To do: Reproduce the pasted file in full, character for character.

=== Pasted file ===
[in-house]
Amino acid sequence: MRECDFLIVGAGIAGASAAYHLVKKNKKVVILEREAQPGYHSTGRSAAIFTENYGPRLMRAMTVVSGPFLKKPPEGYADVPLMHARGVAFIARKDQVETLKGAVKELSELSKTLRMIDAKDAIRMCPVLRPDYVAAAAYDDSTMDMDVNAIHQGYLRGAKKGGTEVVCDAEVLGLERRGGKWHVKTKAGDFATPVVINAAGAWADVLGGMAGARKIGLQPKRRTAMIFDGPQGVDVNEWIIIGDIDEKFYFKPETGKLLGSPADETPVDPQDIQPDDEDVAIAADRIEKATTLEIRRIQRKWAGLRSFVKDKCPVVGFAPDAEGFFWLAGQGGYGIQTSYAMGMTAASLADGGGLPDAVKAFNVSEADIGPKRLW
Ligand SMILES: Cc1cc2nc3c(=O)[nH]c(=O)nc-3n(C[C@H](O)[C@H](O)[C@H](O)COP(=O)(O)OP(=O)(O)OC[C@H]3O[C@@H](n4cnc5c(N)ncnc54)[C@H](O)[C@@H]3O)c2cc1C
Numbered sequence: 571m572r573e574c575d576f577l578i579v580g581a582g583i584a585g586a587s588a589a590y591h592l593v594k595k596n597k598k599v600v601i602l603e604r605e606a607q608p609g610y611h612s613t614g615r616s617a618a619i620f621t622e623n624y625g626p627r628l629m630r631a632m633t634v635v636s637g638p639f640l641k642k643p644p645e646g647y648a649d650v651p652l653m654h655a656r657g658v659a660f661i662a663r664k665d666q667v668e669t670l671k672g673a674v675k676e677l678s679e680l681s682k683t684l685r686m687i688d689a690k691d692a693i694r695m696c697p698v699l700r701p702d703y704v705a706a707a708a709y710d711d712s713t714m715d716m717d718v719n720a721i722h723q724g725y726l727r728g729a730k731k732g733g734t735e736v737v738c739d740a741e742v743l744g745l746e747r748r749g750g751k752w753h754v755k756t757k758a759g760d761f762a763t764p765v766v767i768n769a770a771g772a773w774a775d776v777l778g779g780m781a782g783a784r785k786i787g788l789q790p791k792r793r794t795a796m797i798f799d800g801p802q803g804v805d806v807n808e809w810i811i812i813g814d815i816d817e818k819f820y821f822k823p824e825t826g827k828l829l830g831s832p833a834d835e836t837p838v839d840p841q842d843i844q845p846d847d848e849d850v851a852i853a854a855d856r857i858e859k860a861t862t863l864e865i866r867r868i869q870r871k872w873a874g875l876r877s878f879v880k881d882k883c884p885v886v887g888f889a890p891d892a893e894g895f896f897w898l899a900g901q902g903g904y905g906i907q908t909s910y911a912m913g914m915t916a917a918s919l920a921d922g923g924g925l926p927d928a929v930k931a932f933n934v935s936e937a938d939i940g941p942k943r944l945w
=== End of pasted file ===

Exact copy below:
[in-house]
Amino acid sequence: MRECDFLIVGAGIAGASAAYHLVKKNKKVVILEREAQPGYHSTGRSAAIFTENYGPRLMRAMTVVSGPFLKKPPEGYADVPLMHARGVAFIARKDQVETLKGAVKELSELSKTLRMIDAKDAIRMCPVLRPDYVAAAAYDDSTMDMDVNAIHQGYLRGAKKGGTEVVCDAEVLGLERRGGKWHVKTKAGDFATPVVINAAGAWADVLGGMAGARKIGLQPKRRTAMIFDGPQGVDVNEWIIIGDIDEKFYFKPETGKLLGSPADETPVDPQDIQPDDEDVAIAADRIEKATTLEIRRIQRKWAGLRSFVKDKCPVVGFAPDAEGFFWLAGQGGYGIQTSYAMGMTAASLADGGGLPDAVKAFNVSEADIGPKRLW
Ligand SMILES: Cc1cc2nc3c(=O)[nH]c(=O)nc-3n(C[C@H](O)[C@H](O)[C@H](O)COP(=O)(O)OP(=O)(O)OC[C@H]3O[C@@H](n4cnc5c(N)ncnc54)[C@H](O)[C@@H]3O)c2cc1C
Numbered sequence: 571m572r573e574c575d576f577l578i579v580g581a582g583i584a585g586a587s588a589a590y591h592l593v594k595k596n597k598k599v600v601i602l603e604r605e606a607q608p609g610y611h612s613t614g615r616s617a618a619i620f621t622e623n624y625g626p627r628l629m630r631a632m633t634v635v636s637g638p639f640l641k642k643p644p645e646g647y648a649d650v651p652l653m654h655a656r657g658v659a660f661i662a663r664k665d666q667v668e669t670l671k672g673a674v675k676e677l678s679e680l681s682k683t684l685r686m687i688d689a690k691d692a693i694r695m696c697p698v699l700r701p702d703y704v705a706a707a708a709y710d711d712s713t714m715d716m717d718v719n720a721i722h723q724g725y726l727r728g729a730k731k732g733g734t735e736v737v738c739d740a741e742v743l744g745l746e747r748r749g750g751k752w753h754v755k756t757k758a759g760d761f762a763t764p765v766v767i768n769a770a771g772a773w774a775d776v777l778g779g780m781a782g783a784r785k786i787g788l789q790p791k792r793r794t795a796m797i798f799d800g801p802q803g804v805d806v807n808e809w810i811i812i813g814d815i816d817e818k819f820y821f822k823p824e825t826g827k828l829l830g831s832p833a834d835e836t837p838v839d840p841q842d843i844q845p846d847d848e849d850v851a852i853a854a855d856r857i858e859k860a861t862t863l864e865i866r867r868i869q870r871k872w873a874g875l876r877s878f879v880k881d882k883c884p885v886v887g888f889a890p891d892a893e894g895f896f897w898l899a900g901q902g903g904y905g906i907q908t909s910y911a912m913g914m915t916a917a918s919l920a921d922g923g924g925l926p927d928a929v930k931a932f933n934v935s936e937a938d939i940g941p942k943r944l945w